Over the past several decades Cincinnati has seen its core neighborhoods change. Some of these changes have been negative while others have been very positive. The positives started with neighborhoods like Clifton and Mt. Adams, continued on to Northside and Oakley, and then onto Downtown and Over-the-Rhine (twice).
While progress continues to be made in Over-the-Rhine and Downtown, the question remains: Which inner-city neighborhood might be next on the revival block? Some business and property owners in East Walnut Hills believe their beloved neighborhood is indeed the next one in line. This could be true for several reasons. The first being, location, location, location.
East Walnut Hill’s DeSales Corner was historically Cincinnati’s second most prominent business district outside of the Central Business District downtown. The neighborhood’s central and nearby location to downtown made that true historically. In addition to these still relevant truths, the addition of I-71, one of the city’s most prominent east/west bike routes, and the prospect of a modern streetcar line running through its heart make the neighborhood’s location even better today as people and business return to cities.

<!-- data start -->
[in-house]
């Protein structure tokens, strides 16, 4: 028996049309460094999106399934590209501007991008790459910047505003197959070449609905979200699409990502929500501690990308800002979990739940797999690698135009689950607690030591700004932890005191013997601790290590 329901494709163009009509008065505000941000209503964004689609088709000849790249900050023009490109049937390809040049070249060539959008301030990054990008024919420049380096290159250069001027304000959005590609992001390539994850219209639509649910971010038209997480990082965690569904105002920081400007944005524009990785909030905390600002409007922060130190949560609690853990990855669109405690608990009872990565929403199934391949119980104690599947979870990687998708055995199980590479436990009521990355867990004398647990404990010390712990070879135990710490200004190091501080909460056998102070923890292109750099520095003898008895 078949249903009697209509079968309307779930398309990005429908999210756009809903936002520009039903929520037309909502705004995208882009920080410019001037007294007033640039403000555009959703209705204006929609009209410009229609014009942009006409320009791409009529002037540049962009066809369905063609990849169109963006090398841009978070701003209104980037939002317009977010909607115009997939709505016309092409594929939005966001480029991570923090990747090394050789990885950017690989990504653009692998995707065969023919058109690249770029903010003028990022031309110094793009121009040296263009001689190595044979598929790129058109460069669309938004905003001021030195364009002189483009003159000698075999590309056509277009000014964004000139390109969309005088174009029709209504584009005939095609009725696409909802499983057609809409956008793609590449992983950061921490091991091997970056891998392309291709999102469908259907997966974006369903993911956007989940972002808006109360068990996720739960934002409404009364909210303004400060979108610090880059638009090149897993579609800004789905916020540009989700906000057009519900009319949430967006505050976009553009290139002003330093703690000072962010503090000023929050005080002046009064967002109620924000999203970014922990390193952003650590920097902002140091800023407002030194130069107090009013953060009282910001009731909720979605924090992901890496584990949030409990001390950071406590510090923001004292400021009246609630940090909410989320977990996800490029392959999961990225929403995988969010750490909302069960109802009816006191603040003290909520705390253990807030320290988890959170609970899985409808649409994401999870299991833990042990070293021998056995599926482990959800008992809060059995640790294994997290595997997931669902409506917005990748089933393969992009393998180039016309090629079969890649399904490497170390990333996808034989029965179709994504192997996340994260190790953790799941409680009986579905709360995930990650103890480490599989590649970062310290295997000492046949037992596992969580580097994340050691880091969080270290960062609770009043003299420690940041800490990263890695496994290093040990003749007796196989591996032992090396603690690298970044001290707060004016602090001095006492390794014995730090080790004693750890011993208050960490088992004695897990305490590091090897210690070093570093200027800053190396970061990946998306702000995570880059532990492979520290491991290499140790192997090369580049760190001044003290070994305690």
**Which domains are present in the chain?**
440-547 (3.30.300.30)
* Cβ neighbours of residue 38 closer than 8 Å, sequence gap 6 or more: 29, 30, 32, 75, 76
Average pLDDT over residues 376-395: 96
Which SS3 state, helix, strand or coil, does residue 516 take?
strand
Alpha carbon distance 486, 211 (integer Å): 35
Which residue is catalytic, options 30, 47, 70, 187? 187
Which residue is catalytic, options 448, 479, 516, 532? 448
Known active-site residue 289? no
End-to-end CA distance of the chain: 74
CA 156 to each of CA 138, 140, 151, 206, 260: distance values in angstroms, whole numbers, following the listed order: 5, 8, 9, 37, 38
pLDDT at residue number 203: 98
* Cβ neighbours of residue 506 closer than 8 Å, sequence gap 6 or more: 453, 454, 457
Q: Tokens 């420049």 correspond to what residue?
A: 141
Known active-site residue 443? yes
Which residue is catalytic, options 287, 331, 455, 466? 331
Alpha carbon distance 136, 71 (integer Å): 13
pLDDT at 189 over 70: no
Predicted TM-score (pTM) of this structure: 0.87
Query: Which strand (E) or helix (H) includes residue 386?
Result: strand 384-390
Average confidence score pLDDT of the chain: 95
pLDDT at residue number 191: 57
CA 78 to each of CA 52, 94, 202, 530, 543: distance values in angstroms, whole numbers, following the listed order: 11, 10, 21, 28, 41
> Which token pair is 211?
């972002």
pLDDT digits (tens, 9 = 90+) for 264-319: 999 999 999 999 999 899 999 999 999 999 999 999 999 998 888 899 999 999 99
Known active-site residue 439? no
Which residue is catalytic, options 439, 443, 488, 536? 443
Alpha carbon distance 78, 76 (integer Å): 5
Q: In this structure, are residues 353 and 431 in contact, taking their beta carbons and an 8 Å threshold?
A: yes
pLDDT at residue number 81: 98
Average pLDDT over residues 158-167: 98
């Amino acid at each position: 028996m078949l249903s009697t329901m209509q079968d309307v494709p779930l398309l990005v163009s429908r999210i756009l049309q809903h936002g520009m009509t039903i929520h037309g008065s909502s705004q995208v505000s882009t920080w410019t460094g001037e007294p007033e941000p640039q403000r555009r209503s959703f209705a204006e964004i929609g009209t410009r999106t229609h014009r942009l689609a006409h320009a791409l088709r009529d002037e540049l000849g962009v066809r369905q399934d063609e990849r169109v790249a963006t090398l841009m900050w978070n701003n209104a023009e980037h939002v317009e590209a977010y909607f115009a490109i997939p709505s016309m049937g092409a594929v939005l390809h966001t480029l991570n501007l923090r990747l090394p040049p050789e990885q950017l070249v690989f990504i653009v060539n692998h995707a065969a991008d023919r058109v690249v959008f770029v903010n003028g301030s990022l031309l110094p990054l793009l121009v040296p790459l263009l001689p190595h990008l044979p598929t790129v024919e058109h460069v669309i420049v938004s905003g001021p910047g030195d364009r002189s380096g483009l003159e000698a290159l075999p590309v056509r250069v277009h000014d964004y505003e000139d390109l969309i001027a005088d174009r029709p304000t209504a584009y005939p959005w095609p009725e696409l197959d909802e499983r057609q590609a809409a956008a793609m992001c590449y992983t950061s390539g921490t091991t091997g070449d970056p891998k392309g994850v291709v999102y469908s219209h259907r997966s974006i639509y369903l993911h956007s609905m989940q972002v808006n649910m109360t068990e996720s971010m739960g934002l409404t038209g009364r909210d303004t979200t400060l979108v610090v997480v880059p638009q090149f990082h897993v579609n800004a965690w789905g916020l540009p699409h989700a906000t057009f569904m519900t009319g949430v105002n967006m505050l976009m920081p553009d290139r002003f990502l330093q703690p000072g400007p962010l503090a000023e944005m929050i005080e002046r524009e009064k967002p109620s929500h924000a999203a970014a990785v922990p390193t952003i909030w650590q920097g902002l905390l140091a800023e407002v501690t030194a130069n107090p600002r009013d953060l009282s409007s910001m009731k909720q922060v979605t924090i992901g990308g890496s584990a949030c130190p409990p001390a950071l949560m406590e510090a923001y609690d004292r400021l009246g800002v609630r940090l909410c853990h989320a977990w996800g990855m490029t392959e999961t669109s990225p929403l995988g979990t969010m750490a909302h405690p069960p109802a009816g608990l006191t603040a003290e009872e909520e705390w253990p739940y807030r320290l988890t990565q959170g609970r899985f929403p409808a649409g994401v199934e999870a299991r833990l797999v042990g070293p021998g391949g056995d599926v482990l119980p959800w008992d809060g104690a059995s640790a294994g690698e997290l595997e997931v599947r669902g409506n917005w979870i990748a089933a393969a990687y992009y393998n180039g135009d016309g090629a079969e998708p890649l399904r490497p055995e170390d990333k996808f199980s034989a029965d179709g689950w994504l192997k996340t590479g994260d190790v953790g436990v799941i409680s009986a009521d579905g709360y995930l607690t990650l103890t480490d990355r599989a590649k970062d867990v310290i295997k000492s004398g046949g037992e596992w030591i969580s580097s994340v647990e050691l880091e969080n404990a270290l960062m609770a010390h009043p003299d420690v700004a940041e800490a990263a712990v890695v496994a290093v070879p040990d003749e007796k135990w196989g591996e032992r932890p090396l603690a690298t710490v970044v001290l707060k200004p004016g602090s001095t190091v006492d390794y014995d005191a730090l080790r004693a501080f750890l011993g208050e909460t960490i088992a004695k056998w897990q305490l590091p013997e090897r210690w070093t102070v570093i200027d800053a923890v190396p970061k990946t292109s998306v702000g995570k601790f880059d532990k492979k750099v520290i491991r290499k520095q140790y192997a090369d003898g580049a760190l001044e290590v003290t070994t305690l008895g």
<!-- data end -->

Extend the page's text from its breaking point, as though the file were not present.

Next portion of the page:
One such business owner is Chef Josh Campbell who knows World Food Bar in Over-the-Rhine, Mayberry and Mayberry Foodstuffs in Downtown, and the recently opened Skinny Pig restaurant in East Walnut Hills.
“In this area you have Blue Cross Blue Shield, St. Ursula Academy with students who can go off campus for lunch, and several doctor’s offices filled with people looking for healthy, flavorful food options,” Campbell explained to UrbanCincy in April 2011.
In addition to businesses and students, East Walnut Hills also is situated between investment expanding east from Uptown and west from Hyde Park and Oakley.
Campbell’s not the only one thinking East Walnut Hills is the next big thing when it comes to Cincinnati neighborhoods though. In April 2011 Cincy Coworks tripled its size and relocated to 2400 Gilbert Avenue nearby in Walnut Hills based on its location and affordability.
There are also hundreds of new residents living at The Residences at DeSales Plaza and the recently completed DeSales Flats development. Within the past year the City of Cincinnati has also invested in new streetscaping to clean up the business district and hopefully spur additional investment in the area.
While East Walnut Hills appears to be sitting pretty, it certainly is not the only neighborhood poised and ready for a renaissance. Other contenders include Mt. Auburn, Clifton Heights, North Avondale, East End, Pendleton, Corryville and West Price Hill. Which of Cincinnati’s 52 neighborhoods do you think will become the next big thing?